Not being an artist, I knew I’d have to hire one to illustrate each card in the Mixed Emotions deck (there are 60). At the time, a friend of my former husband’s was just beginning to represent an artist who appeared to be quite talented. Though I had misgivings about working with him, I convinced myself that what was best for Mixed Emotions wasn’t necessarily what was best for me.
The contract with the artist was set up in a way that enabled him to receive a monthly income while dedicating himself fully to my project for a year. Over time, it became more and more evident that he wasn’t going to deliver. By the time I finally pulled the plug, I’d paid him more than $50,000, which, of course, I never got back.
I learned a couple things:
- When I have misgivings about something, I don’t talk myself out of them anymore.
- I needed to be the one to determine how each card was illustrated, not the artist. Which means that I needed to tell the artist what grief looks like. I needed to tell the artist what exhaustion looks like, and so on.
- To do that, I’d need to brainstorm with a very creative group of friends. More on that later.
I still feel sick to my stomach when I think about losing that much money. Imagine how I must feel writing about it.
Embarrassed. Really, really, really embarrassed.
May this cautionary tale, and the very existence of Mixed Emotions, prevent you from making the same mistake.
*Kris Wilste’s illustration for the “Embarrassed” card from the Mixed Emotions deck.
When I was 28, I traveled behind what was then the Iron Curtain with friends. You know the part in the Wizard of Oz where Dorothy & Co. enter Oz, and the movie changes from black-and-white to color? Well, crossing the border between West and East Germany was exactly like that, only backward. Everything became gray and colorless, and it seemed like we went back in time about 40 years.
We stayed with several families there–people that my friends had met through their church. Sitting at their kitchen tables behind the Iron Curtain enabled me to confirm that Sting was right. The Russians (or in this case, the East Germans) really did love their children, too. They experienced joy, grief, and fear just like I did. And a Berlin Wall in my own heart came tumbling down.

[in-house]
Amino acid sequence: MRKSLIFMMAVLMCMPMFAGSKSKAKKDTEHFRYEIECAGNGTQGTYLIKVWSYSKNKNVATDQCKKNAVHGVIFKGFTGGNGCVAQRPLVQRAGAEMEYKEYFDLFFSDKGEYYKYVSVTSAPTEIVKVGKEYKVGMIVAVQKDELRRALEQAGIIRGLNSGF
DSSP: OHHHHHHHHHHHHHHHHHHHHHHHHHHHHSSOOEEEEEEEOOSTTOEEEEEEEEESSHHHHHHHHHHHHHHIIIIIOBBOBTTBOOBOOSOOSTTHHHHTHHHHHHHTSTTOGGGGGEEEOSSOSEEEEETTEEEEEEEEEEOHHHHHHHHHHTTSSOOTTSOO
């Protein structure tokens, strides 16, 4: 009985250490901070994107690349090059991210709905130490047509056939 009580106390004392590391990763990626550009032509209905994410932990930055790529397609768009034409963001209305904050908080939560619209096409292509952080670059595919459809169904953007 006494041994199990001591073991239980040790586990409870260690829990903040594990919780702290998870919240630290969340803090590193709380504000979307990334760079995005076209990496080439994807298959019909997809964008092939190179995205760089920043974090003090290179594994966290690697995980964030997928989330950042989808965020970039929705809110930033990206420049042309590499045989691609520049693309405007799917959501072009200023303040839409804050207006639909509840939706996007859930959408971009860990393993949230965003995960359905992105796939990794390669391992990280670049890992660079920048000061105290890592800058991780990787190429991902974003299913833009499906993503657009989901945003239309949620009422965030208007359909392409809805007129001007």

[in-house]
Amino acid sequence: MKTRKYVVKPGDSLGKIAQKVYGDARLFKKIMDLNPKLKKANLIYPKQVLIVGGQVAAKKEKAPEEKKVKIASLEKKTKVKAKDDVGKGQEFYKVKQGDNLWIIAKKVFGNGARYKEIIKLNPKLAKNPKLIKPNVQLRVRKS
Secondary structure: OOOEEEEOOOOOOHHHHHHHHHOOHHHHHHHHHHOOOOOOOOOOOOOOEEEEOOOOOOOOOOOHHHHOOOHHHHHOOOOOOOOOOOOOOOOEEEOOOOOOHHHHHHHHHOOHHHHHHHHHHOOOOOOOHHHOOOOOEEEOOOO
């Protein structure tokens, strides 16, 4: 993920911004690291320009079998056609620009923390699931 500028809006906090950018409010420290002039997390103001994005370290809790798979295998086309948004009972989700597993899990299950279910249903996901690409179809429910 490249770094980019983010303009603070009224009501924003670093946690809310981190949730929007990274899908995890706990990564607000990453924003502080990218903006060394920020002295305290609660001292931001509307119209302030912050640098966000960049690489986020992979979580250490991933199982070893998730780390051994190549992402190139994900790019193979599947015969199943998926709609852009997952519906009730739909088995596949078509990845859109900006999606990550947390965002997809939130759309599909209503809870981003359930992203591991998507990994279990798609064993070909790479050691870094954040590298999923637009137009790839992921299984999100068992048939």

That’s when I realized that our emotions are a universal language. No matter where we live or what language we speak, what we feel is exactly the same. And that makes us One.
Kris Wiltse’s illustration for the “Loving” card from the Mixed Emotions deck.
When I was in my thirties, words were my trade. I was good at expressing things–especially technical things. Yet, I found myself sitting across from a therapist, perplexed by the question she had just asked, which was: “How do you feel about that?”
I was tongue-tied. How could it be so difficult to put my feelings into words? And I found myself wanting to cheat. What I needed was a list of feelings that I could choose from whenever she asked me that question. But a list alone wasn’t enough, I needed each word on the list to be movable. Maybe it needed to be something like emotional Magnetic Poetry or emotional Scrabble or, maybe it could be cards.
Hey, cards. Now there’s an idea.
So, I created a deck of cards to help people put their feelings into words. It’s called “Mixed Emotions,” and I’ll be writing a whole lot more about what I learned, and the mistakes I made in later entries.